The Roundest Circle is a performance created by TheatreWorks Associate Artist Eng Kai Er, in collaboration with fellow dance artists Faye Lim and Felicia Lim. The piece is process-driven and fuelled by the concept of “turn-taking”; the artists have broken away from the conventional structure of having a leader curate, choreograph and direct the process of performance making. Instead, Kai, Faye, and Felicia take turns to lead rehearsals and, as a result, they are all leaders and followers at the same time, sharing and giving up physical and creative space. After 7 months of preparation, The Roundest Circle is a culmination of their experiment in decision-making.
The performance begins with Kai, Faye, and Felicia taking their seat amidst the audience. As the music and projection come on, they move off and start walking around a clearly demarcated white performance space. In this first section, the three artists dance on their own, intersecting and crossing paths periodically but never fully interacting with each other. They take turns to rise and fall, twirl and turn, stomp their feet, and crease their bodies; this contrast in height, dynamics, and intensity of movement creates an interesting visual representation when viewed as a whole. The energy shifts fluidly between the trio and their individual personalities gradually emerge as their movements are juxtaposed against each other; Kai’s are mostly clean-cut and strong, Felicia’s are softer and gentler, while Faye’s consist mostly of playful teetering across the dance floor.
The three dancers gradually converge towards and collapse on each other. Suddenly, their heads are glued together with their long, straight hair pulled over their faces to mask their individuality as they merge into a single large organism. It steps out of the performance boundary (for the first time in the whole performance), interacts with the audience, grabs a comb, waves it, stomps about playfully, and starts purring. A soulful piece of music with warm female vocals starts playing as the creature dances and sways gently. In contrast to the first section’s emphasis on individuality, the second section focuses on the collaborative efforts and processes between the three dancers.
Much of the third section is driven by the trio’s shared interest in contact improvisation, a dance technique where points of physical contact provide a starting point for explorations and improvisations in movement. The dancers perform movements in a canon and when one takes the lead and breaks away from a formation, the other two follow. The role of the “leader” is immediately obscured; each small movement by one person has a direct impact on the group and all three dancers share the responsibility of shaping the direction and development of the performance. This section is particularly enjoyable because it not only highlights the chemistry and rapport between the dancers, but also brings their “turn-taking” methods to the foreground, thus transforming process into performance.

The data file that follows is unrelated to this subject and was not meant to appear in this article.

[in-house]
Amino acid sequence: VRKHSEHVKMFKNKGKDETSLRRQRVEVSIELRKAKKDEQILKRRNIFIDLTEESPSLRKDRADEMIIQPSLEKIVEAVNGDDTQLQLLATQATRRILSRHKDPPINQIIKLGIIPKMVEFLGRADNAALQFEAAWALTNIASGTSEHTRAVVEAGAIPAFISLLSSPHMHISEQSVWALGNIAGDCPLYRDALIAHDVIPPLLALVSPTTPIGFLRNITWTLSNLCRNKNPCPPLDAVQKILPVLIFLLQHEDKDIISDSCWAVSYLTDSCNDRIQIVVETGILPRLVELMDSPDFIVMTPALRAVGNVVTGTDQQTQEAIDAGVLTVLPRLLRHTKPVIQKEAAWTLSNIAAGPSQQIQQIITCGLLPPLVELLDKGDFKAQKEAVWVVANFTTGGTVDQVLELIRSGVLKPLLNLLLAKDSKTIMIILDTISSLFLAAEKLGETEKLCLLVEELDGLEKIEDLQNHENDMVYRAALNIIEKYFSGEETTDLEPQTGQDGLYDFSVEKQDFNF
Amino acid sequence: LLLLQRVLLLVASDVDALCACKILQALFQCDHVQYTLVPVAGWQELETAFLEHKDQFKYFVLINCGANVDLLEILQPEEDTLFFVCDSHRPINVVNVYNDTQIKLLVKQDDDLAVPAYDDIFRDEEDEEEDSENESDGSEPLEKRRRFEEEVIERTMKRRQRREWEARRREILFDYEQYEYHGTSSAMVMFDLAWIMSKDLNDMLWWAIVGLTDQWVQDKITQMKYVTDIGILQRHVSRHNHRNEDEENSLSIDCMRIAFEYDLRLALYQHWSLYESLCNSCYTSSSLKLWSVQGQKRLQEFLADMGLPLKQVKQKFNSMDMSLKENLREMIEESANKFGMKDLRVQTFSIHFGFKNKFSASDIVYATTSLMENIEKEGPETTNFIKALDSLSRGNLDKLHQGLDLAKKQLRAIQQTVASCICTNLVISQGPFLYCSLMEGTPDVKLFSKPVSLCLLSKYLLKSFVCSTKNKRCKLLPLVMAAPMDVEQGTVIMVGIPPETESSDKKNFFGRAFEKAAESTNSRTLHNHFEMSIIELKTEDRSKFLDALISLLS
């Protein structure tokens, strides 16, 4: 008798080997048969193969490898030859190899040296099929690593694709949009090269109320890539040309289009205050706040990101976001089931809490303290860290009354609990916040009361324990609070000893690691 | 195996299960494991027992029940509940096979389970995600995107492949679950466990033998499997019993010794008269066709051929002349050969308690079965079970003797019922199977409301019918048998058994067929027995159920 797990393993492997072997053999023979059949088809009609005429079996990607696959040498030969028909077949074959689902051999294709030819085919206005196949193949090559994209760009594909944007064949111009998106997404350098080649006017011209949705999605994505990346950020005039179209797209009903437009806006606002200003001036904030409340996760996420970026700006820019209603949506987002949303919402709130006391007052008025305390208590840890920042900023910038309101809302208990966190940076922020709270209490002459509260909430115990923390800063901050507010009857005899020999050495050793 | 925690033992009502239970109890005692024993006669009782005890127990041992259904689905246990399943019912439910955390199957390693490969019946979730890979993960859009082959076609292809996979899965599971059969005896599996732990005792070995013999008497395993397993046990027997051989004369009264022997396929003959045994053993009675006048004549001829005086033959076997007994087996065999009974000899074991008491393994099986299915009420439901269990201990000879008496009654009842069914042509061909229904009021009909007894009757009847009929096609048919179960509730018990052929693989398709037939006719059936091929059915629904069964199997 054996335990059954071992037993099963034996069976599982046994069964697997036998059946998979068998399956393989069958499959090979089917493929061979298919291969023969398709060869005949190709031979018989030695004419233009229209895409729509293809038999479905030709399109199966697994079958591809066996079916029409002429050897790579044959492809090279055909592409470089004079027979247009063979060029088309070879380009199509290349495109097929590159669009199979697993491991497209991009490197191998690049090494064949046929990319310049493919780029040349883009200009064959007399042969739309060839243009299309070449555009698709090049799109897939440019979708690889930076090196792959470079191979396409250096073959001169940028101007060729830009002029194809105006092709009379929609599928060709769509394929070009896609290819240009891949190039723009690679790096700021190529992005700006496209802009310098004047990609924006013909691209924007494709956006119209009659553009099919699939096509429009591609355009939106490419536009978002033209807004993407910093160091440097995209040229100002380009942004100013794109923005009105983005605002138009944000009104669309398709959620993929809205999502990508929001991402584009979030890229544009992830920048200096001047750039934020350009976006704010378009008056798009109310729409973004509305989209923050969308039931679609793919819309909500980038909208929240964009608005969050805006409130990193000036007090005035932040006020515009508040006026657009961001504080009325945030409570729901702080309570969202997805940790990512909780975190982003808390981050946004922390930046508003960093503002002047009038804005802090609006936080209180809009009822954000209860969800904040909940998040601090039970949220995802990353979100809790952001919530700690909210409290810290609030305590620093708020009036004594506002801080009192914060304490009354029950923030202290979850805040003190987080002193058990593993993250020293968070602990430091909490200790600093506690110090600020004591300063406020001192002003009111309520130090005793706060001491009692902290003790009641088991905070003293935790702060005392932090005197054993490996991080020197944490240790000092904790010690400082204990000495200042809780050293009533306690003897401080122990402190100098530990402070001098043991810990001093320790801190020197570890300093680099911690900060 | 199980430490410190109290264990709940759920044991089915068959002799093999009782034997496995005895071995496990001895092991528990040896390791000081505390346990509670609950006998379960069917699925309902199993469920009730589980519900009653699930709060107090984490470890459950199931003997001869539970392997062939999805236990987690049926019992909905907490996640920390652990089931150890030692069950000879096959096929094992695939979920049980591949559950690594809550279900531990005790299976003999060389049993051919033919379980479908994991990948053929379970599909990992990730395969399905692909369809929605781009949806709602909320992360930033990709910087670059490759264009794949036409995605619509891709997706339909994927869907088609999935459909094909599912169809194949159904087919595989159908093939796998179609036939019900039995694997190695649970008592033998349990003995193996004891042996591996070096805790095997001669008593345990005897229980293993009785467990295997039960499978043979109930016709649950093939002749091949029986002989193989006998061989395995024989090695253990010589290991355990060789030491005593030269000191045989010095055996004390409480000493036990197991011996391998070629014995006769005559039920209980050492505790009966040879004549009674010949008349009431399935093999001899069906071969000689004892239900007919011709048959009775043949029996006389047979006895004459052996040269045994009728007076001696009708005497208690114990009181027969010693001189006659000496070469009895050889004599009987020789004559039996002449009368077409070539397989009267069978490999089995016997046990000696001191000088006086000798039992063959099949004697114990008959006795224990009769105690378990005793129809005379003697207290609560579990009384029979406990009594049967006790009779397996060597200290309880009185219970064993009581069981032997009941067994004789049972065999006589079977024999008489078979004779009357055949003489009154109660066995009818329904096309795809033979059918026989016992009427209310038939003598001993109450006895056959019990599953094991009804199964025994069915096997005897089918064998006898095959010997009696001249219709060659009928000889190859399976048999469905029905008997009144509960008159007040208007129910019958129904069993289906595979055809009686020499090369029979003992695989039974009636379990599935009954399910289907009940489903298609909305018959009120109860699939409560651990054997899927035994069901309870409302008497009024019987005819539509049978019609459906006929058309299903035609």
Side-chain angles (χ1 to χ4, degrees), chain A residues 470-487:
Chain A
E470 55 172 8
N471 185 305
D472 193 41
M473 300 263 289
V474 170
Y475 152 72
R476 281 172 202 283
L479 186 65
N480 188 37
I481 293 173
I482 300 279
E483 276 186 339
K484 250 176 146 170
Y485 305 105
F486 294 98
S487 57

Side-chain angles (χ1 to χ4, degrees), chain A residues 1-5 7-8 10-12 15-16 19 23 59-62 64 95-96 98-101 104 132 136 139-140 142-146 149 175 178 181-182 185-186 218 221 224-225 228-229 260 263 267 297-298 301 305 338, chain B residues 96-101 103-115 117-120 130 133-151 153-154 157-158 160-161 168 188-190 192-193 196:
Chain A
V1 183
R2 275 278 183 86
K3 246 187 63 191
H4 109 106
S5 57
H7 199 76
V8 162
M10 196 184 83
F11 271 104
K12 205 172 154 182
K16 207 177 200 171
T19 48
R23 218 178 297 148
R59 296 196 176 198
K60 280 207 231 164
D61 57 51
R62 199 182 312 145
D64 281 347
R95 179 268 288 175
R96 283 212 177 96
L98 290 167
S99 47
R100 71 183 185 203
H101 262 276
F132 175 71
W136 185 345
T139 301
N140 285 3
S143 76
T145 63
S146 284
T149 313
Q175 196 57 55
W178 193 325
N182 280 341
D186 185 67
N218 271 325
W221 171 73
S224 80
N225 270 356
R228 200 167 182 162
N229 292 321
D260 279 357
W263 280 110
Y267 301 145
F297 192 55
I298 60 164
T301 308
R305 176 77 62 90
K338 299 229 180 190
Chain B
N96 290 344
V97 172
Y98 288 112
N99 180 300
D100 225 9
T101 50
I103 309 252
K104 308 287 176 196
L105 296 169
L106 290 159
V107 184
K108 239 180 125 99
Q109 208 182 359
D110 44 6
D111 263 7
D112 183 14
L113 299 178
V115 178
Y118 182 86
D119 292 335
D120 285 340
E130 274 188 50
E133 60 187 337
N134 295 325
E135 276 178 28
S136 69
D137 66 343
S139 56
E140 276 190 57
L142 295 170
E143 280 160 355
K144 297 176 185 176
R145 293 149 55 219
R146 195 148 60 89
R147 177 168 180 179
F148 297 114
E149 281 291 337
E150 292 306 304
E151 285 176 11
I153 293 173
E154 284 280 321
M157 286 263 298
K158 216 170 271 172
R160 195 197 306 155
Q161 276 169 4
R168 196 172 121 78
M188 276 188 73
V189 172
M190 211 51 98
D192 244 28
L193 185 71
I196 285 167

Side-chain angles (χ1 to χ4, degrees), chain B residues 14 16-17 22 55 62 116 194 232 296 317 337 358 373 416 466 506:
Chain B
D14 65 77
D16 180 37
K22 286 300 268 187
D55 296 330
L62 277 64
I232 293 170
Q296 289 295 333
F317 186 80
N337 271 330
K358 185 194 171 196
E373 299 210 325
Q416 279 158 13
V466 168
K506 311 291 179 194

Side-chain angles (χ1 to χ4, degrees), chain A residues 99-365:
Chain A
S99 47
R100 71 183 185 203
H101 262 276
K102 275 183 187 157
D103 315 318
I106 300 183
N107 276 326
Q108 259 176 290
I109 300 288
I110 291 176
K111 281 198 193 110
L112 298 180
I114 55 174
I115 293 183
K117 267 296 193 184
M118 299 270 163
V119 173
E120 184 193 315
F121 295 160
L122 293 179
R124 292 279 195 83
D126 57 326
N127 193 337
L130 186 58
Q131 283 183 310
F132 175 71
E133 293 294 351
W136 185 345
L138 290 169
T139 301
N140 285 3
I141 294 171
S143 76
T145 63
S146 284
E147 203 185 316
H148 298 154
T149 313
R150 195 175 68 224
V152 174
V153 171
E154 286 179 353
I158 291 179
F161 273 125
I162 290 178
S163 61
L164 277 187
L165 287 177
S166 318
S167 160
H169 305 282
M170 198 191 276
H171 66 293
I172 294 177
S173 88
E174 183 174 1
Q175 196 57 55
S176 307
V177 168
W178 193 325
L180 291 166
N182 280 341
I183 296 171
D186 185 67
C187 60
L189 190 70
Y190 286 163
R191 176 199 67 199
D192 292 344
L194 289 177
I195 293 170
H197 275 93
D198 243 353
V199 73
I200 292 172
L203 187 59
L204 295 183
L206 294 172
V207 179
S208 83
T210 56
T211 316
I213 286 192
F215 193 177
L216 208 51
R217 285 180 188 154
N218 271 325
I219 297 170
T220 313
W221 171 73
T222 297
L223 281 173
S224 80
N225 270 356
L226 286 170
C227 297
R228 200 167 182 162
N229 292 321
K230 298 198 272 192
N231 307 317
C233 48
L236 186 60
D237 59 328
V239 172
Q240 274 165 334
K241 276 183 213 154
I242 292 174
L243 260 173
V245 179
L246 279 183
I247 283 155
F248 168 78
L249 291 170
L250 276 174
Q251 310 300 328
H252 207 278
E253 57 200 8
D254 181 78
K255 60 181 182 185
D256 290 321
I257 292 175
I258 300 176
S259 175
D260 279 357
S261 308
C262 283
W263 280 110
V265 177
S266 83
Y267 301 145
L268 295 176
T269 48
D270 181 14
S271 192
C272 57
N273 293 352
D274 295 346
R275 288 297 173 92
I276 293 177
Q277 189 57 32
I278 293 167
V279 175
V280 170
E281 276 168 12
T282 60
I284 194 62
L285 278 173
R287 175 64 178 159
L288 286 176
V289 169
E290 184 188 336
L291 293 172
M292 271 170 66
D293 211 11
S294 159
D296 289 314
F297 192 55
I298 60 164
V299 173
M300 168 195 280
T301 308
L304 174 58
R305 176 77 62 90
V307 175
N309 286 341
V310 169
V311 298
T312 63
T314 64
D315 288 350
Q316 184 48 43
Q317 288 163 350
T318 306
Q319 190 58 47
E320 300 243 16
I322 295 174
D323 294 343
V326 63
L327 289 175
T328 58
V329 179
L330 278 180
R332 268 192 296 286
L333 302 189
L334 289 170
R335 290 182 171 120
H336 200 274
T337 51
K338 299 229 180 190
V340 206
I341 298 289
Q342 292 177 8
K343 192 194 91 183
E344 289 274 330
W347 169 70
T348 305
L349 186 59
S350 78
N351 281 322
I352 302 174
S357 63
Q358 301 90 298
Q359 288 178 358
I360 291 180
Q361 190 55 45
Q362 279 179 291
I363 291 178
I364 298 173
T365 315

After a sudden black out, Kai, Faye, and Felicia take their seats in the audience again and have conversations about their monkeys and teeth, even revealing some personal details along the way. This raised some interesting questions: must the artists always be moving for it to be considered a dance performance? How might theatrical elements such as monologues and dialogues change our perception of what constitutes a dance performance? The dancers then move off to the dance floor and continue talking to each other, all while dancing on their own. This is quickly interrupted by the ring of a bell and a projection of a white rectangle onto the dance floor as the performance moves into its last section – a playful game where the trio try to push each other of the boundaries of the rectangle. Every time a dancer “wins”, the game starts over. After the 3 dancers have won one round each, they take a seat outside the performance area as a song begins playing. As the music reaches its quiet finish, they take a bow, signalling the end of the performance.
Praise must be given to two technical aspects of the performance: the costumes and the lighting. Kai, Faye, and Felicia were dressed in grey jumpers and track pants – simple yet functional as it not only focuses the audience’s attention on their movements, but also homogenises the 3 dancers, reinforcing the performance’s central idea that there is no leader. Stella Cheung’s lighting design was also effective in bridging the different sections and conveying the changes in mood.
The Roundest Circle is a playful piece that emerges from an exploration of the power dynamics between three dance artists who have agreed to regard each other as equals. Its success lies in its ability to strike a balance between presenting a unified work of art whilst allowing the dancers to express their individual personalities in an organic way. By blurring the boundaries between process and performance, the performance also challenges the conventions of dance and performance-making, thus rendering it a truly inter-disciplinary, contemporary form of artistic expression.
By Alicia Chong for Bakchormeeboy
Performance attended 27/7/17